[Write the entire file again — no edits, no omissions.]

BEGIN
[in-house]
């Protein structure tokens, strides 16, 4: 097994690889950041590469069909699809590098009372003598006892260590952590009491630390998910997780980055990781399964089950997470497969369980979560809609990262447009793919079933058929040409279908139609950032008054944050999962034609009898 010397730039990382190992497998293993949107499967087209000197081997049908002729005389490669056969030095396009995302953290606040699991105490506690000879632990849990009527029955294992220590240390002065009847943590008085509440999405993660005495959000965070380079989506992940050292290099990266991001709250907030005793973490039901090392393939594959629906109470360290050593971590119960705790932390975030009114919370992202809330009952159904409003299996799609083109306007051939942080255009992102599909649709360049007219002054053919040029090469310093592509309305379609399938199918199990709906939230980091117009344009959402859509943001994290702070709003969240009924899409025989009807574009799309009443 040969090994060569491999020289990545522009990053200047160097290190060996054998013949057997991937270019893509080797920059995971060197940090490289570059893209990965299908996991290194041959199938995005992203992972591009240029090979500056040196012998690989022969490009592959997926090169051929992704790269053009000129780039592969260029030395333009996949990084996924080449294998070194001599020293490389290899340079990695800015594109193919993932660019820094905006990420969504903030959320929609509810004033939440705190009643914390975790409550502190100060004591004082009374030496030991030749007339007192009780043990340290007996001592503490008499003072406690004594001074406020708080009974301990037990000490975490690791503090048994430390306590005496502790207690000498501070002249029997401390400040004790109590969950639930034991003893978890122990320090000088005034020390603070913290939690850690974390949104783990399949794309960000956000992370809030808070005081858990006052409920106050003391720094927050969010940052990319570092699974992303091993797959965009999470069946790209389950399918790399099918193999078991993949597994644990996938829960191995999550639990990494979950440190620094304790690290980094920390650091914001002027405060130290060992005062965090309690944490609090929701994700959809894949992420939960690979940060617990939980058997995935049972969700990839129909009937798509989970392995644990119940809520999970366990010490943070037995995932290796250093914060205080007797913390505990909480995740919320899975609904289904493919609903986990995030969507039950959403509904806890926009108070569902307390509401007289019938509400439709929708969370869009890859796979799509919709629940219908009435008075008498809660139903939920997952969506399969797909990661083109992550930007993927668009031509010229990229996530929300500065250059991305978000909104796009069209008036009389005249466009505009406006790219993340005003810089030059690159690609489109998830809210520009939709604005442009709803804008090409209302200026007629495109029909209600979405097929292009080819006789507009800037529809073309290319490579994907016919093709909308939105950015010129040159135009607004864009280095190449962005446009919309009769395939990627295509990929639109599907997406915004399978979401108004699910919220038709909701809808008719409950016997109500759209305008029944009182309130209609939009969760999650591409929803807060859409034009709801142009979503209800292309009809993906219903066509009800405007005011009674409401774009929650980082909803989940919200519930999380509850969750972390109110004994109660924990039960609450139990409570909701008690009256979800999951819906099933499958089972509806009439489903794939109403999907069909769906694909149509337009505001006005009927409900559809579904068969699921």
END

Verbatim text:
[in-house]
């Protein structure tokens, strides 16, 4: 097994690889950041590469069909699809590098009372003598006892260590952590009491630390998910997780980055990781399964089950997470497969369980979560809609990262447009793919079933058929040409279908139609950032008054944050999962034609009898 010397730039990382190992497998293993949107499967087209000197081997049908002729005389490669056969030095396009995302953290606040699991105490506690000879632990849990009527029955294992220590240390002065009847943590008085509440999405993660005495959000965070380079989506992940050292290099990266991001709250907030005793973490039901090392393939594959629906109470360290050593971590119960705790932390975030009114919370992202809330009952159904409003299996799609083109306007051939942080255009992102599909649709360049007219002054053919040029090469310093592509309305379609399938199918199990709906939230980091117009344009959402859509943001994290702070709003969240009924899409025989009807574009799309009443 040969090994060569491999020289990545522009990053200047160097290190060996054998013949057997991937270019893509080797920059995971060197940090490289570059893209990965299908996991290194041959199938995005992203992972591009240029090979500056040196012998690989022969490009592959997926090169051929992704790269053009000129780039592969260029030395333009996949990084996924080449294998070194001599020293490389290899340079990695800015594109193919993932660019820094905006990420969504903030959320929609509810004033939440705190009643914390975790409550502190100060004591004082009374030496030991030749007339007192009780043990340290007996001592503490008499003072406690004594001074406020708080009974301990037990000490975490690791503090048994430390306590005496502790207690000498501070002249029997401390400040004790109590969950639930034991003893978890122990320090000088005034020390603070913290939690850690974390949104783990399949794309960000956000992370809030808070005081858990006052409920106050003391720094927050969010940052990319570092699974992303091993797959965009999470069946790209389950399918790399099918193999078991993949597994644990996938829960191995999550639990990494979950440190620094304790690290980094920390650091914001002027405060130290060992005062965090309690944490609090929701994700959809894949992420939960690979940060617990939980058997995935049972969700990839129909009937798509989970392995644990119940809520999970366990010490943070037995995932290796250093914060205080007797913390505990909480995740919320899975609904289904493919609903986990995030969507039950959403509904806890926009108070569902307390509401007289019938509400439709929708969370869009890859796979799509919709629940219908009435008075008498809660139903939920997952969506399969797909990661083109992550930007993927668009031509010229990229996530929300500065250059991305978000909104796009069209008036009389005249466009505009406006790219993340005003810089030059690159690609489109998830809210520009939709604005442009709803804008090409209302200026007629495109029909209600979405097929292009080819006789507009800037529809073309290319490579994907016919093709909308939105950015010129040159135009607004864009280095190449962005446009919309009769395939990627295509990929639109599907997406915004399978979401108004699910919220038709909701809808008719409950016997109500759209305008029944009182309130209609939009969760999650591409929803807060859409034009709801142009979503209800292309009809993906219903066509009800405007005011009674409401774009929650980082909803989940919200519930999380509850969750972390109110004994109660924990039960609450139990409570909701008690009256979800999951819906099933499958089972509806009439489903794939109403999907069909769906694909149509337009505001006005009927409900559809579904068969699921």